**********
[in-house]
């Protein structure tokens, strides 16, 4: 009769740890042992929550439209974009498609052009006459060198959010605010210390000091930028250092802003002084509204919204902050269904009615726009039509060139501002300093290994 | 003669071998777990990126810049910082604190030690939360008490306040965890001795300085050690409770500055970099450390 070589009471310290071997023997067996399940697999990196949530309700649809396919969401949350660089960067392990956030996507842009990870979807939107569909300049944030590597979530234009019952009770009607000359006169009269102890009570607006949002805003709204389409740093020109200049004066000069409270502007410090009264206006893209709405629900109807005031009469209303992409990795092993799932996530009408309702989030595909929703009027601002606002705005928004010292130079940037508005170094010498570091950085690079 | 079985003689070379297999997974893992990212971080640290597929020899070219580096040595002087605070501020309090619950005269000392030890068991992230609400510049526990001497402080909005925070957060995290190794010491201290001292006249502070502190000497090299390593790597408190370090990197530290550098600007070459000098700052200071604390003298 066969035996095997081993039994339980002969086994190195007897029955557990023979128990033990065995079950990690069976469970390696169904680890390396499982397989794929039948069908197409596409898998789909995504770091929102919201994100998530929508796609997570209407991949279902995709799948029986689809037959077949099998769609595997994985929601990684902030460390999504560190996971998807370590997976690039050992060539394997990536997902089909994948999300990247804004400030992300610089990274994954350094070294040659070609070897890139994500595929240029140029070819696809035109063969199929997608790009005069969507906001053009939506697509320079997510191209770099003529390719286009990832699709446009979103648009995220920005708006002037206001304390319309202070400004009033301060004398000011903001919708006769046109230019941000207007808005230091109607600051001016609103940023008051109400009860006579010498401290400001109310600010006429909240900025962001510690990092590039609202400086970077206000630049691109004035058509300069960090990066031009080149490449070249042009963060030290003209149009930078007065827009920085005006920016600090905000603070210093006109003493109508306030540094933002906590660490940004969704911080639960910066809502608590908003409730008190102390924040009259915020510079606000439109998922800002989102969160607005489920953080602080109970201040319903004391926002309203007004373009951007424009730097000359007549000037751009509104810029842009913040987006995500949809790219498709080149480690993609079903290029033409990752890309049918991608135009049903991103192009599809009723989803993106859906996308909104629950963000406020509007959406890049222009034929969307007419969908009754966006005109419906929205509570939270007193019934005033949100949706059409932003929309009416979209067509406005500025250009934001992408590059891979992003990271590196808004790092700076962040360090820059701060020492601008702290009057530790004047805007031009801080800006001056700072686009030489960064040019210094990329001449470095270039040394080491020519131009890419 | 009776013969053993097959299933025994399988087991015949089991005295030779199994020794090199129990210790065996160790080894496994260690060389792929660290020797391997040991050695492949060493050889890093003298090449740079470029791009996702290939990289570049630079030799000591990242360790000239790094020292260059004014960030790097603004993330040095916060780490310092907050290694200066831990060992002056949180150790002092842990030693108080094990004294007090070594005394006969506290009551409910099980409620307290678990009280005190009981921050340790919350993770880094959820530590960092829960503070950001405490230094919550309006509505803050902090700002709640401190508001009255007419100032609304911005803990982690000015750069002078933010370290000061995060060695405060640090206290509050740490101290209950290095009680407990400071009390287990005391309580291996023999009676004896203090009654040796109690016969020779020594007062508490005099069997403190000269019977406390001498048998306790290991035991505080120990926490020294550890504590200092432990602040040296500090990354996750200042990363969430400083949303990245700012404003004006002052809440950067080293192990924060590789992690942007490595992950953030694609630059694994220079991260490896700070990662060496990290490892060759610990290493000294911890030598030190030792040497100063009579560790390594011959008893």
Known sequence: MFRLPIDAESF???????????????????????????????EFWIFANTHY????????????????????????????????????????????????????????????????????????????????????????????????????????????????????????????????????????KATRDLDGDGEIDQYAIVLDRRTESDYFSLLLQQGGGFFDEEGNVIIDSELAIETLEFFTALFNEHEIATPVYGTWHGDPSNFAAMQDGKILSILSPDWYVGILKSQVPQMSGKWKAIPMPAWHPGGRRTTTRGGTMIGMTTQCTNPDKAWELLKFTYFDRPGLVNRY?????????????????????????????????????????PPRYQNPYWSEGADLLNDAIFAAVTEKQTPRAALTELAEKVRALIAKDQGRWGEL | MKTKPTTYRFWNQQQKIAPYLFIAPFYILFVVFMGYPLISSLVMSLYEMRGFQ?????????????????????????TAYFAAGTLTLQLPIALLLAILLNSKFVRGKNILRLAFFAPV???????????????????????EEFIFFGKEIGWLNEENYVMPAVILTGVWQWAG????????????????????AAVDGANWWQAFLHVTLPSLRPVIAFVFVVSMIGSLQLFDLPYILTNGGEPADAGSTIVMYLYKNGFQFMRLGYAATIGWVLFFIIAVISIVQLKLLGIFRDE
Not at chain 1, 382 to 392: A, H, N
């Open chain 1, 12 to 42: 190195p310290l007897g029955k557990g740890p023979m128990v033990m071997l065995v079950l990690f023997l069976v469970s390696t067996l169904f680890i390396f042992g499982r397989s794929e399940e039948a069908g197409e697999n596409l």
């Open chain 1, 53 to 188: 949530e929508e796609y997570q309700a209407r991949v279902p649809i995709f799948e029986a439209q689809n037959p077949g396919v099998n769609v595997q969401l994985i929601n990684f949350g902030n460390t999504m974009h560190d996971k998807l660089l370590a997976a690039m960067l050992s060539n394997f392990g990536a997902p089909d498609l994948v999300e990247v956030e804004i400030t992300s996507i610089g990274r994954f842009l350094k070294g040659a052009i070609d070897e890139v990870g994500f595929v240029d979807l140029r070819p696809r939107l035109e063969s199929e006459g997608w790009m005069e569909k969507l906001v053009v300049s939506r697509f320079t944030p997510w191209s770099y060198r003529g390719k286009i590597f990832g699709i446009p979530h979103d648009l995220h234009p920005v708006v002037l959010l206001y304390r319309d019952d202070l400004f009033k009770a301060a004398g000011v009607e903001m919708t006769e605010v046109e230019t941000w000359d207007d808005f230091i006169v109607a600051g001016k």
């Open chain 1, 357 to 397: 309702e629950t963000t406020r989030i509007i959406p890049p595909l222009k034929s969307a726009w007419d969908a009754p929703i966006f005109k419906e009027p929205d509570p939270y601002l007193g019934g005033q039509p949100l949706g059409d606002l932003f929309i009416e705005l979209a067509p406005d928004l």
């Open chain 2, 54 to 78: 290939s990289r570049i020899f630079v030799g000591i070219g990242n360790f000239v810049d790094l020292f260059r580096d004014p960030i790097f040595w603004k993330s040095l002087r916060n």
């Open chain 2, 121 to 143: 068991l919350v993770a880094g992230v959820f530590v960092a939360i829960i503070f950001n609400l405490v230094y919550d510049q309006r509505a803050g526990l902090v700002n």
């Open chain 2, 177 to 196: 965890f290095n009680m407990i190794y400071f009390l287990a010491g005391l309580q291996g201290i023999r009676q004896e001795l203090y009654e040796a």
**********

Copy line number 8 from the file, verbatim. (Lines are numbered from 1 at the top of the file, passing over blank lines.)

């Open chain 2, 54 to 78: 290939s990289r570049i020899f630079v030799g000591i070219g990242n360790f000239v810049d790094l020292f260059r580096d004014p960030i790097f040595w603004k993330s040095l002087r916060n």